There will be other, slower departures. One young lieutenant has already quit. Ward is considering putting in his papers, too. He’d just been “relieved” on September 11 and was driving home along Ocean Parkway when the recall came through. These days, Ward’s wife is reminding him that twenty years is a long time to be lucky. “I’ve got four boys, ranging from 20 down to 5,” Ward says. “I’m thinking I’d really like to spend more time with my 5-year-old. I’m thinking about possibly going in September.”
But saying the words out loud seems to shake him. Ward pauses. “I can’t picture myself not coming into the firehouse every day, seeing these guys. I’ll bet you dollars to doughnuts I probably won’t.” Ward and other vets can pass along how to anticipate a fire’s path, but more important, says one lieutenant, “is that they can teach the young guys that this job isn’t all about death.”
Though the overtime accumulated since September 11 provides a powerful incentive for officers and firefighters with twenty or more years of service to retire now – pensions are based on a retiring firefighter’s final twelve months of pay, and wages are up $5,000 to $10,000 in the aftermath – no one took this job to get rich. Still, it’s galling that there’s little permanent bottom-line reward ahead. And the firefighters blame their own union as much as they do politicians. “Our union is a social club, not a labor force,” one disgusted firefighter says. “The leadership is a bunch of good ol’ boys, and even the Trade Center isn’t going to change that.”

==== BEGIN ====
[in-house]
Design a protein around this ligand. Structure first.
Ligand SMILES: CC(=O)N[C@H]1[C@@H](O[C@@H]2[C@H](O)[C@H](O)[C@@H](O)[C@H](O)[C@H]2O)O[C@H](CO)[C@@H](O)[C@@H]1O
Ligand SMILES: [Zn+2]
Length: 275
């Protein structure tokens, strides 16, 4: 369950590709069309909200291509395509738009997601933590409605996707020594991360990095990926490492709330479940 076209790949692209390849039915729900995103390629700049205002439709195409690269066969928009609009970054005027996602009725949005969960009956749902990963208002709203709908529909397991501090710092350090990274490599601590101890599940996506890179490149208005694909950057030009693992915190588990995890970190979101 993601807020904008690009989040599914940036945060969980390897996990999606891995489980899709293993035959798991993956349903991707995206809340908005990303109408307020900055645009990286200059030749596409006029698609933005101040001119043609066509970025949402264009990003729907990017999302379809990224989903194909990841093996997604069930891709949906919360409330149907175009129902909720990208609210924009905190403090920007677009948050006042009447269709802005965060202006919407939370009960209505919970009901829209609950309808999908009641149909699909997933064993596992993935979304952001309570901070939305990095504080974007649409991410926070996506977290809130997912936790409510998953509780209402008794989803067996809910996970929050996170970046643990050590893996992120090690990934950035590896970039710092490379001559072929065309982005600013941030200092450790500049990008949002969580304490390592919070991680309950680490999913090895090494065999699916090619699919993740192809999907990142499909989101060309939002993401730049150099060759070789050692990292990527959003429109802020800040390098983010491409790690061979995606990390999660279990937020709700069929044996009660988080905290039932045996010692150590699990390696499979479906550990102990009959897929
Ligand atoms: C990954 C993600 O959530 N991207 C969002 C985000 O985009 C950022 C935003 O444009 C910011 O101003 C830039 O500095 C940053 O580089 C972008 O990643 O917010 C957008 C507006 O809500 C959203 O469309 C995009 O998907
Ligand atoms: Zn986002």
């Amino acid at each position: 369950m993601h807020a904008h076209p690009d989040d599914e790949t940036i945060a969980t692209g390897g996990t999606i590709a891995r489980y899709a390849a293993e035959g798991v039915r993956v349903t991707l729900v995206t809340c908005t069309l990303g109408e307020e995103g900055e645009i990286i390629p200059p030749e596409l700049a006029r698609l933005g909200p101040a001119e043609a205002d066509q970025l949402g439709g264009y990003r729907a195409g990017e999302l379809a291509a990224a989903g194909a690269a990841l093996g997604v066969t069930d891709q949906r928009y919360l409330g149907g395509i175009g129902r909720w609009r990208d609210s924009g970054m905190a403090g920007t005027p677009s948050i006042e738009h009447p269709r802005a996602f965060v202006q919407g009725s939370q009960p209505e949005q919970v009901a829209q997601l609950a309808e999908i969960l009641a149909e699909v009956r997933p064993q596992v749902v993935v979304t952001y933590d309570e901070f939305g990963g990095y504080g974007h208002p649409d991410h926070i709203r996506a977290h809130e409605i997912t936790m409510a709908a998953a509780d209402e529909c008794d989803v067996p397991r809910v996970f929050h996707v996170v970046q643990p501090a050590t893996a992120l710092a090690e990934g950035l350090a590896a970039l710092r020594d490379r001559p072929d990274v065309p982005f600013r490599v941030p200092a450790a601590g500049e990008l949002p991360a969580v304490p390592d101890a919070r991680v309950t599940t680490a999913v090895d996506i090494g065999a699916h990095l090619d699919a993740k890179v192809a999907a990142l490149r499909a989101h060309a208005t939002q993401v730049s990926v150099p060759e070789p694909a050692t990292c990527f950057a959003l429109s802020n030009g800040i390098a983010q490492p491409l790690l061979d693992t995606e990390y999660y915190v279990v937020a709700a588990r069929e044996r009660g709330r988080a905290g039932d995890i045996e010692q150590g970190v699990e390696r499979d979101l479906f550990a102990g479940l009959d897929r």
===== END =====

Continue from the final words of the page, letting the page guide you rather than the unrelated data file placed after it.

Another firefighter pops in to say hello – and to report that he’s flunked the department’s lung exam. Already 144 firefighters are off duty with breathing ailments.
Some damage doesn’t show up on X-rays. Tuesday morning was Gerard Chipura’s turn to stay home with his two small daughters, or else on September 11 he would have rushed to the World Trade Center. His older brother, John, was already downtown, as was their sister, Nancy, who worked on the sixty-ninth floor of 1 World Trade.
Nancy escaped. It was past midnight before Gerard Chipura heard that his brother was on duty that morning with Brooklyn’s Ladder 105 and that all six on the truck were missing. It was longer still before Gerard accepted that John, six weeks away from marriage, was gone.
Now, when Chipura speaks, his tone is surprisingly upbeat. “After this happened, I didn’t know if I wanted to come back,” he says. “A very good friend of mine said, ‘You’re on the promotion list. You’re going to be teaching guys soon how to be good firemen.’ So I had to dig down.”
Even after all they’ve been through, the city’s firefighters remain inspiringly – almost naïvely – uncynical and true blue. “I’m gonna try to be a good boss,” Gerard Chipura says. “For the memory of my brother. He’s part of this department’s history now. I’m part of its future.”